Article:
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Internet Addiction Changes the Brain

Sidewalker
Posts: 3,713
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10/3/2014 4:17:55 PM
Posted: 2 years ago
Internet Addiction Changes the Brain
http://www.beliefnet.com...

Just a word of warning.

If you are a gamer or tied to the video gaming industry, you won"t like this report given to the American Psychiatric Association"s 2014 Annual Meeting. It has to do with a review of 13 published articles that look at Internet Addiction Disorder (IAD) especially those addicted to Internet gaming) and brain abnormalities.

Now, keep in mind that IAD is not a DSM V disorder, but one that is under study at present time. The interest in IAD is because we have a number of studies that show IAD associated with depression, suicide, eating disorders, obsessive compulsive disorder, ADHD and more.

American youth are more Internet addicted (26.3%) than drugs and alcohol. And teens who are addicted are more at risk for depression and suicide. Here are four findings from the review.

Blood Flow
Internet addiction is associated with changes in blood flow in the brain. Increased blood flow is seen around the reward and pleasure centers of the brain, with decreases in blood flow around areas associated with hearing and visual processing.

Dopamine
Internet addiction is associated with dopamine changes in the brain. Prolonged use can lead to a reduction in dopamine transporters, a state we see in other addictive disorders.

Out of Body
Prolonged use can also give a sense of out-of-body feeling and euphoria.

Monetary Loss
Prolonged use can lead to feeling indifferent to consequences of a person"s behavior such as decreased sensitivity to monetary loss.

So while there are no definite conclusions, we continue to look at the impact of the Internet on our connectedness and how it might be changing the brain in good and not so good ways. There is enough information to suggest that Internet addiction is real for some people, but more study is needed.
"It is one of the commonest of mistakes to consider that the limit of our power of perception is also the limit of all there is to perceive." " C. W. Leadbeater
jh1234lnew
Posts: 225
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10/6/2014 11:22:28 PM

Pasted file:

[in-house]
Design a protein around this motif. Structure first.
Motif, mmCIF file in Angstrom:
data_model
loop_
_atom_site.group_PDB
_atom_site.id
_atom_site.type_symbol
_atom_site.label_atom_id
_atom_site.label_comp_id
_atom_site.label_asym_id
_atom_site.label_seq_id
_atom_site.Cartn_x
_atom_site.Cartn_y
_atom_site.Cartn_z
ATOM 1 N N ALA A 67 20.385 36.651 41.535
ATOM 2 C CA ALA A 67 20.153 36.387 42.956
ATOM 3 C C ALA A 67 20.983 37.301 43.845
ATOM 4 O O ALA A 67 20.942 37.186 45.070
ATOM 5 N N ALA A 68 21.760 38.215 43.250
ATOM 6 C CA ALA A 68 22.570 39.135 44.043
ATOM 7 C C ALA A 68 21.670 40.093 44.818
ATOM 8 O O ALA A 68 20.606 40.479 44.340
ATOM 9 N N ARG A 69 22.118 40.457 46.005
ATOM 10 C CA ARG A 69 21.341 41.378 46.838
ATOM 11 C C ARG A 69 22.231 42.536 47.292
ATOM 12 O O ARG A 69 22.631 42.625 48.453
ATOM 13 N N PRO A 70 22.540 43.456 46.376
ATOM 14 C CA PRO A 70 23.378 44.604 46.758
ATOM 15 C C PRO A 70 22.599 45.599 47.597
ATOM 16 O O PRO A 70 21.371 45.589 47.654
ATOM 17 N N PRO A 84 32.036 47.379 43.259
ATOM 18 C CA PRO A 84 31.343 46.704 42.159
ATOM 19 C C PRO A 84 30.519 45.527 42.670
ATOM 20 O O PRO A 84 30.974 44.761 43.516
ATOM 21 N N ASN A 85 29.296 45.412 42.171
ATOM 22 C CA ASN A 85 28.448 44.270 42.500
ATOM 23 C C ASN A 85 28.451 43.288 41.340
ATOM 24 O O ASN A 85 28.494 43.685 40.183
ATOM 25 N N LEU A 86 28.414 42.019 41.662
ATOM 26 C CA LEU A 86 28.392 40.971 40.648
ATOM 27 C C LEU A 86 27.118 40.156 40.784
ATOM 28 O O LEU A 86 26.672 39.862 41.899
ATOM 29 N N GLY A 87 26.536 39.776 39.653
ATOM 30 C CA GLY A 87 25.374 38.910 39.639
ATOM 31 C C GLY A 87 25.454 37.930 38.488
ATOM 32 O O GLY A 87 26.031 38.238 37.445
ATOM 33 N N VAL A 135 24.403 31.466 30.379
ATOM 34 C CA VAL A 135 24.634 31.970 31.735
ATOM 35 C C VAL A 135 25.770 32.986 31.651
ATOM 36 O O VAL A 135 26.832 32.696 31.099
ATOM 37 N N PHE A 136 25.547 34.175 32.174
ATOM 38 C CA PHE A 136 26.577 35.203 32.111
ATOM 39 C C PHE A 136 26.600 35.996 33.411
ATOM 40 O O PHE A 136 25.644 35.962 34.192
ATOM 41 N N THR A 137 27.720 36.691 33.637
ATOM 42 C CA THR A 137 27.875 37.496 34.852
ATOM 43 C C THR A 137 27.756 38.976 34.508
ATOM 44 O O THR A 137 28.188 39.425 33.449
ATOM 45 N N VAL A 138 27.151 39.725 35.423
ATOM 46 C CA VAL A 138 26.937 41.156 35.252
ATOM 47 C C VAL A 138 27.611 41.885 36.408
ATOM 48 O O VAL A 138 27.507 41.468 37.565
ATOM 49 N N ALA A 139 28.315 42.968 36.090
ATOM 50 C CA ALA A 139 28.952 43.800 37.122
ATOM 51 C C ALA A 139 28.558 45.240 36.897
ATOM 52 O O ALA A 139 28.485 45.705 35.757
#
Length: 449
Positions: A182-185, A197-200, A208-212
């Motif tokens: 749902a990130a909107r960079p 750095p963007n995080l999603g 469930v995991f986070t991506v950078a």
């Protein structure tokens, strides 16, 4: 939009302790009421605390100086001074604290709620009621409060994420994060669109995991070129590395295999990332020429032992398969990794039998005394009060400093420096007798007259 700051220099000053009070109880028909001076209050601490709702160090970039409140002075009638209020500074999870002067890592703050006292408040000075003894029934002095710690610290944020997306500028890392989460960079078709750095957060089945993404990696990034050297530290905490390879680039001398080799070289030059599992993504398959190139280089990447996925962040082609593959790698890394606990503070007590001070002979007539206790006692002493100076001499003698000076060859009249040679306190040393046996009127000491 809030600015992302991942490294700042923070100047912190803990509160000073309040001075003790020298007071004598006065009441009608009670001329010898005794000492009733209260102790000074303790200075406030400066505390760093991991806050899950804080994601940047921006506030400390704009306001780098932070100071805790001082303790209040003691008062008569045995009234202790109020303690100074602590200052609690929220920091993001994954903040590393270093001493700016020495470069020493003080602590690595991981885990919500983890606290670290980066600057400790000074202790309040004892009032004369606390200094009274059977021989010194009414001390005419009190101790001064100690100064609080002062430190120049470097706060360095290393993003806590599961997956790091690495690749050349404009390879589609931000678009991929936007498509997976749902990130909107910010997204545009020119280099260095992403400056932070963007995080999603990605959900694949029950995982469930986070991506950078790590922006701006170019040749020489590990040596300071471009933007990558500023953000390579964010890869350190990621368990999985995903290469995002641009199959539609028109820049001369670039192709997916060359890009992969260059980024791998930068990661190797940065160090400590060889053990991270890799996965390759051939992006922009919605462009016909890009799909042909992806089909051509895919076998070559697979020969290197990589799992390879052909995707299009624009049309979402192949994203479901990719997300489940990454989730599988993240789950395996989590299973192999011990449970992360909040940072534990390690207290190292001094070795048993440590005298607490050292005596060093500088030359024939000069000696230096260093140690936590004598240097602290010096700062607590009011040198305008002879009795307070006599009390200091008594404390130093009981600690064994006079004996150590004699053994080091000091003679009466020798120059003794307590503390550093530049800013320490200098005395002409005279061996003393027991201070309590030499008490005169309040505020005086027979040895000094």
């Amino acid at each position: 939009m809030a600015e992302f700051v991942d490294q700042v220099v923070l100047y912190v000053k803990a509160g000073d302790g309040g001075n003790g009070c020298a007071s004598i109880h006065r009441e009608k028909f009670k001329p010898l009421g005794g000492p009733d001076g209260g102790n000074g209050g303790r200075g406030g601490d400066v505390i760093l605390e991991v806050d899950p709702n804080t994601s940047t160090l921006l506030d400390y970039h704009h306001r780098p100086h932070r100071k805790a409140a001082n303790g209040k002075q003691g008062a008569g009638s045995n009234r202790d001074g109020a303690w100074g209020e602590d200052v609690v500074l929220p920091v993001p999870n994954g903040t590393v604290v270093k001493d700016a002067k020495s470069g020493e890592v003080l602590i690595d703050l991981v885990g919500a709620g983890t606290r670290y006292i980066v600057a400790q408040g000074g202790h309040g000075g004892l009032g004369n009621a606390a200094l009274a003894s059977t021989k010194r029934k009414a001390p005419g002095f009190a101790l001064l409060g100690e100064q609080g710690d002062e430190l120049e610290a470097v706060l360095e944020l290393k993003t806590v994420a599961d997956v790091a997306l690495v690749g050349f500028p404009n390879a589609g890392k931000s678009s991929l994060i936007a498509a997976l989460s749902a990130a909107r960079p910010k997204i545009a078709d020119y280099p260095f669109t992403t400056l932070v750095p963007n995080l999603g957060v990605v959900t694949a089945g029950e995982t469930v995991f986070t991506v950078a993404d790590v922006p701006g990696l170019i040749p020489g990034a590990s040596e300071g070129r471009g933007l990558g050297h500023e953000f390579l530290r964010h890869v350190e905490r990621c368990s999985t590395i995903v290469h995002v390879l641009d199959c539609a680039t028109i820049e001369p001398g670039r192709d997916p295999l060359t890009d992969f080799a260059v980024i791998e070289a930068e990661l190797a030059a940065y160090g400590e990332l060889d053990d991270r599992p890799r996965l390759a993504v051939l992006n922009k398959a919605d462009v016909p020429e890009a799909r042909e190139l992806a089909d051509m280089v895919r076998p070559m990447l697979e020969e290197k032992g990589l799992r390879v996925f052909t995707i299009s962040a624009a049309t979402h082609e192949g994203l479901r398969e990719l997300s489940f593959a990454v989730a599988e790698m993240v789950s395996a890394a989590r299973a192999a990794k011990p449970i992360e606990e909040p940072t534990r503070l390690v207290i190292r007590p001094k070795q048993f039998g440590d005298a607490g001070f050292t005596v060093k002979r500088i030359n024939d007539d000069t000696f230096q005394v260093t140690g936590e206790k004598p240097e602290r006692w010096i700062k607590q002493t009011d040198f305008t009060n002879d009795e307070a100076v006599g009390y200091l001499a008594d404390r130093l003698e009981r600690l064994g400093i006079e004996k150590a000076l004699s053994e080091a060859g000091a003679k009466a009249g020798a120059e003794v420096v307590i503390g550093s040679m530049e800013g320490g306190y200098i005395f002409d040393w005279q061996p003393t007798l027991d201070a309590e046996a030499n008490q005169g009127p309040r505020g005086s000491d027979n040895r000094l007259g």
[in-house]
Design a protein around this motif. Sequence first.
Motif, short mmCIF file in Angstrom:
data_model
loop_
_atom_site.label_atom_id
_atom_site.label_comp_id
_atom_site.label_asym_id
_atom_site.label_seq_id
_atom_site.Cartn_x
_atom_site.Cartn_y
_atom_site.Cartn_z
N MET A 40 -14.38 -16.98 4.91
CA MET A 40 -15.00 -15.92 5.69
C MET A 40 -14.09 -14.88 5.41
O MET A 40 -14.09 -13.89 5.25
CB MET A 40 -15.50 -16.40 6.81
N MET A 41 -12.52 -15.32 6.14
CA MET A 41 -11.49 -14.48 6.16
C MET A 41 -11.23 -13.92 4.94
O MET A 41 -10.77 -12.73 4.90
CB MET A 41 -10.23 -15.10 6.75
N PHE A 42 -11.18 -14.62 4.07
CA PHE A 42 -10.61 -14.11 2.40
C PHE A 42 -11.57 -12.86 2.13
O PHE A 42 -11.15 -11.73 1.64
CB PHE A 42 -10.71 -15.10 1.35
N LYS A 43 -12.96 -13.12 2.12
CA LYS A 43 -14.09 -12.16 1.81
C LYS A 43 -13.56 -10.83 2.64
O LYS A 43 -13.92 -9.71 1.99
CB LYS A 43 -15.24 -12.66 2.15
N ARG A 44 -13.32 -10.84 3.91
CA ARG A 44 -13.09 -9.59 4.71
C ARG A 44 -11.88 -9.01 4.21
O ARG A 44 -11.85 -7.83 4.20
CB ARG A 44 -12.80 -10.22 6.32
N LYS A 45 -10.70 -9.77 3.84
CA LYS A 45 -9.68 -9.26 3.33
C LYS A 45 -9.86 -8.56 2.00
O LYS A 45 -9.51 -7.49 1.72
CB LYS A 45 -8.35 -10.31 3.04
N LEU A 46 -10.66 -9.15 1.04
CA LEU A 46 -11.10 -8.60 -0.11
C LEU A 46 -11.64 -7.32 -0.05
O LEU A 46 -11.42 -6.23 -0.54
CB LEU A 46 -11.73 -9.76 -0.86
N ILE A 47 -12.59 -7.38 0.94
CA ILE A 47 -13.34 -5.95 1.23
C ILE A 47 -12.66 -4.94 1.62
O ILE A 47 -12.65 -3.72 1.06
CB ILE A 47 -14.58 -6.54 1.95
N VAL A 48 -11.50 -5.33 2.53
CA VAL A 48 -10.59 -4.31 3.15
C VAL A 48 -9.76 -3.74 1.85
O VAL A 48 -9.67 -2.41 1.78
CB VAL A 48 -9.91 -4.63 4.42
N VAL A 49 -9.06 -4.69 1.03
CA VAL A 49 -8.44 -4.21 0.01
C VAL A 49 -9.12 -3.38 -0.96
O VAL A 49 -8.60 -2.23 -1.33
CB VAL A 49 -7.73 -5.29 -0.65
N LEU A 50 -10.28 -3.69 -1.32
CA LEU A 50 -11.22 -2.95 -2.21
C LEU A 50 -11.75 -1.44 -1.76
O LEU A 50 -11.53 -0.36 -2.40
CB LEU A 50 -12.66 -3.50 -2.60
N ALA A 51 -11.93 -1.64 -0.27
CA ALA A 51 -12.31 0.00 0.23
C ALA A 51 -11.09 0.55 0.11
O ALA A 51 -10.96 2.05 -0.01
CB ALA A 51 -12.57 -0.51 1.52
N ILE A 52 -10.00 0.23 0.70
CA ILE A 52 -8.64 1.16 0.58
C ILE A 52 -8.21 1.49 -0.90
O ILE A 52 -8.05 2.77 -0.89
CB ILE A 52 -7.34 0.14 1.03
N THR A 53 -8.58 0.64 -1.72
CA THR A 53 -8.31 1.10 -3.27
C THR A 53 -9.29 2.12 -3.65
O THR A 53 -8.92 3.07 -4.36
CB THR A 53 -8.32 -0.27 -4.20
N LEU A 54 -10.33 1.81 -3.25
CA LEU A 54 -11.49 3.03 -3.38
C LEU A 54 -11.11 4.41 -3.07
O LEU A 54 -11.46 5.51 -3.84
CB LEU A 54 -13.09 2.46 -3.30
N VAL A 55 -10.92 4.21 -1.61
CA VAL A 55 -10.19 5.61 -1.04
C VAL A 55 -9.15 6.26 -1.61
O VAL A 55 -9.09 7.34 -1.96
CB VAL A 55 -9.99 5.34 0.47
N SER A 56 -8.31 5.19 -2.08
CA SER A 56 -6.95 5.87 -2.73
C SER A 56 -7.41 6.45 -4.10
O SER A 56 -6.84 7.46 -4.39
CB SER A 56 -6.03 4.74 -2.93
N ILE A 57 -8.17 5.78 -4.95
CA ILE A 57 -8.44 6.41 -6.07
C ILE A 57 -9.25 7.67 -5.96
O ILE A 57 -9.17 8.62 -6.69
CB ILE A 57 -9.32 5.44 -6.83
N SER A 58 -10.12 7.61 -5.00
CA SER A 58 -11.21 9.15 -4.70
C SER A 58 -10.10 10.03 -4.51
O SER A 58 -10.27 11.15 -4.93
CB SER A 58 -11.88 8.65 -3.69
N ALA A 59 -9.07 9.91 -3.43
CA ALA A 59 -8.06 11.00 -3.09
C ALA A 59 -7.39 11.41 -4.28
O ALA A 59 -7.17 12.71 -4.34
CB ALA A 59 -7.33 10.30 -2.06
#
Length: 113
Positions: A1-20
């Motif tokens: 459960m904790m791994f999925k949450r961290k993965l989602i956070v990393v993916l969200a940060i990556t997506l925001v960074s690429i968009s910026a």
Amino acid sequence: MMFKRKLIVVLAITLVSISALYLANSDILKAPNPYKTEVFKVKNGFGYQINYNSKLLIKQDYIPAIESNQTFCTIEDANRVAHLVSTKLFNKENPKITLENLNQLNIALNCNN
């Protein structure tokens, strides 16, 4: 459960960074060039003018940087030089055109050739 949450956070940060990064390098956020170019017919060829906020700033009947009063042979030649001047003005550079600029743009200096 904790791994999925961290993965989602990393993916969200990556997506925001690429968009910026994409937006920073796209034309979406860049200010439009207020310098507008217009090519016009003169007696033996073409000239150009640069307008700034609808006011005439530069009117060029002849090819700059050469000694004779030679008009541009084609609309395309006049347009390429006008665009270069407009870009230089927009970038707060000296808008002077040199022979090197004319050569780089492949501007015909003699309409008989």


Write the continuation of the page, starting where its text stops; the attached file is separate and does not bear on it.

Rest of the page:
Posted: 2 years ago
At 10/3/2014 4:17:55 PM, Sidewalker wrote:
Internet Addiction Changes the Brain
http://www.beliefnet.com...

Just a word of warning.

If you are a gamer or tied to the video gaming industry, you won"t like this report given to the American Psychiatric Association"s 2014 Annual Meeting. It has to do with a review of 13 published articles that look at Internet Addiction Disorder (IAD) especially those addicted to Internet gaming) and brain abnormalities.

Now, keep in mind that IAD is not a DSM V disorder, but one that is under study at present time. The interest in IAD is because we have a number of studies that show IAD associated with depression, suicide, eating disorders, obsessive compulsive disorder, ADHD and more.

American youth are more Internet addicted (26.3%) than drugs and alcohol. And teens who are addicted are more at risk for depression and suicide. Here are four findings from the review.

Blood Flow
Internet addiction is associated with changes in blood flow in the brain. Increased blood flow is seen around the reward and pleasure centers of the brain, with decreases in blood flow around areas associated with hearing and visual processing.

Dopamine
Internet addiction is associated with dopamine changes in the brain. Prolonged use can lead to a reduction in dopamine transporters, a state we see in other addictive disorders.

Out of Body
Prolonged use can also give a sense of out-of-body feeling and euphoria.

Monetary Loss
Prolonged use can lead to feeling indifferent to consequences of a person"s behavior such as decreased sensitivity to monetary loss.

So while there are no definite conclusions, we continue to look at the impact of the Internet on our connectedness and how it might be changing the brain in good and not so good ways. There is enough information to suggest that Internet addiction is real for some people, but more study is needed.

Out of body and memory loss were never mentioned here. (http://www.medscape.com...)